Here's Why You Should Put This Energy Producer on Your Buying Radar

Nathan is a member of The Motley Fool Blog Network -- entries represent the personal opinion of the blogger and are not formally edited.

One of the largest land holders in the Cardium play in Canada is Angle Energy (TSX: NGL). Angle has a significant undrilled inventory on the Cardium formation which is its dominant asset and has provided it with exceptional light oil growth since late 2011. Can you afford to overlook Angle Energy? To find this, you need to dig deeper in this underfollowed company. 


The performance of the TSX/S&P Venture Exchange index has been shameful since 2011 as it has lost more than half its value. This index is down from 2,000 to 860 today, while:

1. Almost every stock market in the world is up significantly over the past two years.

2. Both Edmonton Par and AECO prices have risen significantly since last summer.

The TSX/S&P Venture Exchange index is made up of mostly small cap energy stocks. The stock performance of the majority of Canadian oil and gas producers look similar to the performance of the Venture index.

However, Buffett has said that the markets have a tendency to overshoot at both ends. The Canadian market has clearly overshot to the downside, and this is why several Canadian companies have become acquisition targets for several Asian and US-based giants lately. After all, a value investor like myself enjoys going bottom fishing in the Canadian energy patch.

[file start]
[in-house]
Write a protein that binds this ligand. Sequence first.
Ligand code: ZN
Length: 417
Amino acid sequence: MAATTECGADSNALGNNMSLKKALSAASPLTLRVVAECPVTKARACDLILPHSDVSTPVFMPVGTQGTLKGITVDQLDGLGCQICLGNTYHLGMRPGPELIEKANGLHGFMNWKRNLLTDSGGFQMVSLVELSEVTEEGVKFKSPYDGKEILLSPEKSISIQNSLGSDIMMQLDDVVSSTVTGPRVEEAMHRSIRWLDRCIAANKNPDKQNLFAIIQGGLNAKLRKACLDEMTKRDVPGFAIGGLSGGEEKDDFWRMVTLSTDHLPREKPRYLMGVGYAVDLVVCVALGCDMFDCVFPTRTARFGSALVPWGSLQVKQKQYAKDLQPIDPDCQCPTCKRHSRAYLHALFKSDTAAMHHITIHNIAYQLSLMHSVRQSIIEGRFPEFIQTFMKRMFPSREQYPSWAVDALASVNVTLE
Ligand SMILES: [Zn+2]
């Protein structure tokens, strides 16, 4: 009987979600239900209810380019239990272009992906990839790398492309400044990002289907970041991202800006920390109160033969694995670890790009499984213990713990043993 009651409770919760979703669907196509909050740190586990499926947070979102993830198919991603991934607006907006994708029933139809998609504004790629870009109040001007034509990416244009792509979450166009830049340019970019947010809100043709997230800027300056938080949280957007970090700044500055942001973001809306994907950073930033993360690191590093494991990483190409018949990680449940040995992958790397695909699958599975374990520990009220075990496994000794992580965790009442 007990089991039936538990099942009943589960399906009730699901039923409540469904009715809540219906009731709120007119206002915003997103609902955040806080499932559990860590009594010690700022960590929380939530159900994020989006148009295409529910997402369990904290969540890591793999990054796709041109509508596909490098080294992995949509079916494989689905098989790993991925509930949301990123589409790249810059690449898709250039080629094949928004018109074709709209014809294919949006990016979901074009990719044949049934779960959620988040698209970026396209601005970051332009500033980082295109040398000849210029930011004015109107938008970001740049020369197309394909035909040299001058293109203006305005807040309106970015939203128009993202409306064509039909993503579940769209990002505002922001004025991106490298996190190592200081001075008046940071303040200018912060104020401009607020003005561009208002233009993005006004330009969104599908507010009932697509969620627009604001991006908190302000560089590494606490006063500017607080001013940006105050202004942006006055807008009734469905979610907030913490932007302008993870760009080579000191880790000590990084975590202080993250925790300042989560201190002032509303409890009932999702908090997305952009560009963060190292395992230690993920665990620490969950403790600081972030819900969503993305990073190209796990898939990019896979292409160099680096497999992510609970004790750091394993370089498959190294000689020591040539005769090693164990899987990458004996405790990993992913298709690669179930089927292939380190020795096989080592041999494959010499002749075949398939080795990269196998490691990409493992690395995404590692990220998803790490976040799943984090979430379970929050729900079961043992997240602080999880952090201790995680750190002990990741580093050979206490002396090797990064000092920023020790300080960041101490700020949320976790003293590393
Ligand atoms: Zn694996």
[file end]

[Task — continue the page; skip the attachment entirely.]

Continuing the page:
So what? 

Angle's stock has dropped down to $3.30 today. However, Angle's net asset value is calculated to be approximately $5.70 per diluted share, based on the current net debt.

Moreover, Angle's enterprise value stands at $481 million. The production is 10,850 barrels of oil equivalent per day, or boepd, (56% oil and liquids) and the proved reserves are 32.7 million barrels of oil equivalent, or MMboe, (55% oil and liquids), resulting in $44,330/boepd and $14.71/boe of proved reserves.

Both key ratios are very low compared to the typical trading multiples of its peers as shown at the table below:

<table> <tbody> <tr> <td> <p><strong>Company</strong></p> </td> <td> <p><strong>EV</strong></p> <p><strong>($  million)</strong></p> </td> <td> <p><strong>Production</strong></p> <p><strong>(boepd)</strong></p> </td> <td> <p><strong>Proved Reserves</strong></p> <p><strong>(MMboe)</strong></p> </td> <td> <p><strong>Per  Boepd</strong></p> </td> <td> <p><strong>Per Boe</strong></p> </td> </tr> <tr> <td> <p><strong>Synergy Resources</strong></p> </td> <td> <p>535</p> </td> <td> <p>2,256</p> <p>(55% oil/liquids)</p> </td> <td> <p>13.63</p> <p>(~49% oil/liquids)</p> </td> <td> <p>$237,150</p> </td> <td> <p>$39.25</p> </td> </tr> <tr> <td> <p><strong>RMP Energy</strong></p> </td> <td> <p>560</p> </td> <td> <p>6,727</p> <p>(55% oil/liquids)</p> </td> <td> <p>14.86</p> <p>(50% oil/liquids)</p> </td> <td> <p>$83,250</p> </td> <td> <p>$37.69</p> </td> </tr> <tr> <td> <p><strong>Penn Virginia</strong></p> </td> <td> <p>1,400</p> </td> <td> <p>19,000</p> <p>(~60%  oil/liquids)</p> </td> <td> <p>125.5</p> <p>(~45%  oil/liquids)</p> </td> <td> <p>$73,700</p> </td> <td> <p>$11.16</p> </td> </tr> <tr> <td> <p><strong>SM Energy</strong></p> </td> <td> <p>6,000</p> </td> <td> <p>115,000</p> <p>(~50% oil/liquids)</p> </td> <td> <p>293</p> <p>(~53% oil/liquids)</p> </td> <td> <p>$52,200</p> </td> <td> <p>$20.48</p> </td> </tr> </tbody> </table>
Synergy Resources (NYSEMKT: SYRG) is obviously one of the most overvalued companies in the energy patch. The company trades well above its book value and carries staggering key metrics. The company's operations are in the Denver-Julesburg Basin.
Synergy holds 230,000 net acres, spread out in Colorado, Wyoming, Nevada and Kansas but its acreage is largely unproven because all of the company's production to date comes only from wells in the Wattenberg Field. The company has been developing its acreage vertically for some years now and is a new entrant in the world of the horizontal wells. In March 2012, it participated in its first horizontal well which was drilled by Noble Energy.